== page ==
psychohistory

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psychohistory

the application of ‘psychoanalytic forms of understanding to the study of history’ (I. Craib, 1989). An exemplification of the approach is the work of E. Erikson (Life History and the Historical Moment, 1975).
Collins Dictionary of Sociology, 3rd ed. © HarperCollins Publishers 2000
References in periodicals archive ?
"Professor Peter Loewenberg is the premier psychohistorian who has been a pioneer and an activist in the field.
However, nicknames may not always be positive, as former Minor Leaguer turned psychohistorian Jack Fitzpatrick pointed out to me:
Strozier, the psychohistorian, believes it is possible that both were
As the psychohistorian Lloyd DeMause has written, "the history of childhood is a nightmare from which we have only recently begun to awaken."(89) Yet we cannot wake up until we are willing to open our eyes, allowing ourselves to see the many problems and the dreadful reality of childhood sexual abuse, whether in our own society, or in that of the ancient Greeks.
Asimov's main character, Hari Seldon, is a "psychohistorian" who forecasts his civilization's decline and devises a way to hasten its renewal.
Joel Kovel's work as psychiatrist, psychohistorian, and cultural critic has long been guided by this concern with human freedom and its impediments.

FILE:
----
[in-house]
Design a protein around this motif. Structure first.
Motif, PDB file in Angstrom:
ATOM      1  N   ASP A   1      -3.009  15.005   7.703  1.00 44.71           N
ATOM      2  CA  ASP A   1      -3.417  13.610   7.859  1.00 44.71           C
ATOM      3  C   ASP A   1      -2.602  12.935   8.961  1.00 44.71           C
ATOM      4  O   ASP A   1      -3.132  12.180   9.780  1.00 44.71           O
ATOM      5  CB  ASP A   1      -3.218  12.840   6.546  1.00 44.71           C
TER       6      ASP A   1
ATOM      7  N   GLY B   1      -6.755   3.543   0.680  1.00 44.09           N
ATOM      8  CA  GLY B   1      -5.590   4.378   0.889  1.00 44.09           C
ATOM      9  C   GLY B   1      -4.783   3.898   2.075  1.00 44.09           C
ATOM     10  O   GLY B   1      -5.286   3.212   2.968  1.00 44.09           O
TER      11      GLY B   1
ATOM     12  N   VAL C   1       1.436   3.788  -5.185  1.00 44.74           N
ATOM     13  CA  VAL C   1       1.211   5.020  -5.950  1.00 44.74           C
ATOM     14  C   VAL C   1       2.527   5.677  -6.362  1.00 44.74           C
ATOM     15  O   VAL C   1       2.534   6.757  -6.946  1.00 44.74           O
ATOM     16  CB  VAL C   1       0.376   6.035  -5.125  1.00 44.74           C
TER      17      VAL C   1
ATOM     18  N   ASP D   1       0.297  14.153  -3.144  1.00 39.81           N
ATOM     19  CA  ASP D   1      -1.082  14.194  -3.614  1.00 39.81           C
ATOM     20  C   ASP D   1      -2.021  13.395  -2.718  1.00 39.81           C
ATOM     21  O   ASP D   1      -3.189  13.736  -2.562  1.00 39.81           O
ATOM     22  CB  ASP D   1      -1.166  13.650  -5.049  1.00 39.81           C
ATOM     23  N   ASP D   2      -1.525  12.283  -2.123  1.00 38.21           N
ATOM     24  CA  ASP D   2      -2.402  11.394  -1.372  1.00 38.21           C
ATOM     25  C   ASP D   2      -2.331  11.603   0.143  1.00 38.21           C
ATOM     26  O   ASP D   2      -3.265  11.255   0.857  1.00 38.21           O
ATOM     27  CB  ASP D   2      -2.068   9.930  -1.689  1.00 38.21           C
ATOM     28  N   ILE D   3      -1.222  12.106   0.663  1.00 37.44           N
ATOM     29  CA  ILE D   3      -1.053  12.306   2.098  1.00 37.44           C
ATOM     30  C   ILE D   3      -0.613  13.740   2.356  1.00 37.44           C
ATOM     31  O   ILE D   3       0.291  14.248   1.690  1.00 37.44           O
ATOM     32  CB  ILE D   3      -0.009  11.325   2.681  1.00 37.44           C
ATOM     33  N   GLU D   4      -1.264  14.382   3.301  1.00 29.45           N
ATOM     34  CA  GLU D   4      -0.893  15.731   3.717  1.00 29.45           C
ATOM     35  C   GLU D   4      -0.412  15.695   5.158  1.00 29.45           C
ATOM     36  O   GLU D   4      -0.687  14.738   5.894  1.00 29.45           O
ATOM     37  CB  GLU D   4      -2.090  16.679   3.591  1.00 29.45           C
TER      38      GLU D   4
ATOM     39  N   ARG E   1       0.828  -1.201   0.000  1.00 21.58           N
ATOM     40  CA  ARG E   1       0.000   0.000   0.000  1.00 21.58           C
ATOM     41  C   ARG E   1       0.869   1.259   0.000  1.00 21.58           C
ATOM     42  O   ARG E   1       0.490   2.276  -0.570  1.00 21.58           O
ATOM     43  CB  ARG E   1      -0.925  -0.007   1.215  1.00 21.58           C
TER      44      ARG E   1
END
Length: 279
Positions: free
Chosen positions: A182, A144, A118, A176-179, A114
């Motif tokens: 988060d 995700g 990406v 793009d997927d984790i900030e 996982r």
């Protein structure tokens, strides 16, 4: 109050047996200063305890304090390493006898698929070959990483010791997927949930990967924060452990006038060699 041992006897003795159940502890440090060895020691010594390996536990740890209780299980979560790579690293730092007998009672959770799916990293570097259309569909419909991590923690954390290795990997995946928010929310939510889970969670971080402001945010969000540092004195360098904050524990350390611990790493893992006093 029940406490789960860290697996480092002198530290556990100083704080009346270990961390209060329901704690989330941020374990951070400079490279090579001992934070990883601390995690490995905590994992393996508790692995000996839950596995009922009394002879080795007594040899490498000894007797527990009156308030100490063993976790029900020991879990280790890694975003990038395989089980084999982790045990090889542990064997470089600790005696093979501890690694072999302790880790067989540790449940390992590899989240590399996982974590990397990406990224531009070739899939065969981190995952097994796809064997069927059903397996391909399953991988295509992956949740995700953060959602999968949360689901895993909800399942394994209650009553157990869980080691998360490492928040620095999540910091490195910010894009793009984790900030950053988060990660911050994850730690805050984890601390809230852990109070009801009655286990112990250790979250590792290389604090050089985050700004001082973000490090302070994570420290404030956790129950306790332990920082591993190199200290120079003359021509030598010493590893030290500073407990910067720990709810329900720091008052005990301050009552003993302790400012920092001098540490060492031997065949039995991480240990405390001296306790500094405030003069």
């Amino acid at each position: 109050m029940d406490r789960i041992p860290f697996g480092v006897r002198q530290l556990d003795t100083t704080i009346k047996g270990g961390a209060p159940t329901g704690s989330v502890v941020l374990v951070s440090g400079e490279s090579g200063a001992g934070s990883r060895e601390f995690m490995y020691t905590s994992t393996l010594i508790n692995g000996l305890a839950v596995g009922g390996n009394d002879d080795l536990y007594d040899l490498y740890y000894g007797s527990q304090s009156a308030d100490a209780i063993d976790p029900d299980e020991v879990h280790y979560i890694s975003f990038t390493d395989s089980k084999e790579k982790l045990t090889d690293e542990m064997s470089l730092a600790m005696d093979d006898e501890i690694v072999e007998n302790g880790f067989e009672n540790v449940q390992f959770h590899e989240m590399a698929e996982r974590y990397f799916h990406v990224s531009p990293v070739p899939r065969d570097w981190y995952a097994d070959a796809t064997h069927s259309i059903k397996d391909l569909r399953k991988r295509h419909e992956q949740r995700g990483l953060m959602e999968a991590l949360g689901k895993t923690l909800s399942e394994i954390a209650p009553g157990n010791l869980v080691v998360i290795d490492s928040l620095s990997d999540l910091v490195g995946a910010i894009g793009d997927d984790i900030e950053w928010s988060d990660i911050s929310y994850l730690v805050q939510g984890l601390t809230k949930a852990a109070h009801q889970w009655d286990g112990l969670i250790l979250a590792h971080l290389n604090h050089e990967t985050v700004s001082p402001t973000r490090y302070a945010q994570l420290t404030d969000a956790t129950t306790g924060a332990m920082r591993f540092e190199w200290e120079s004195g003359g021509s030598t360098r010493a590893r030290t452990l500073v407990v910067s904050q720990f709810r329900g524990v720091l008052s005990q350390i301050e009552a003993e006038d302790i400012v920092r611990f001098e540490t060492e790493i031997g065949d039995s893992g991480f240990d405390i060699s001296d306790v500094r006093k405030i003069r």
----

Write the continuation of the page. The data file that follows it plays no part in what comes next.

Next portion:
Seelye shuns the misty world of the psychohistorian and keeps his eye on geopolitical realities.
A psychohistorian based in New York, Gonen looks at the appearance and reappearance of some of the most prominent shared themes that conditioned Jewish expectations from history.
A psychohistorian might find this episode rooted in Operation Pedro Pan of 1960-62, when more than 14,000 mostly middle-class Cuban children were flown alone to Miami, many never seeing their parents again.
Foundation (1951), by Isaac Asimov: In this classic of science fiction, a "psychohistorian" uses computers and advanced mathematics to predict the decline and fall of the Galactic Empire, and launches a plan to shorten the coming dark ages.
A judicious use of psychohistory might have deepened the work - but an injudicious use would have ruined it, so we may be grateful for what we have before us, and every reader is free to be his or her own psychohistorian. The remarkable gallery of historical figures in the text, in any event, makes some of it read like a novel by Aldous Huxley come alive - or perhaps one by Upton Sinclair.
A psychohistorian might well trace his subsequent obsession with George Washington to the humiliating 1964 loss.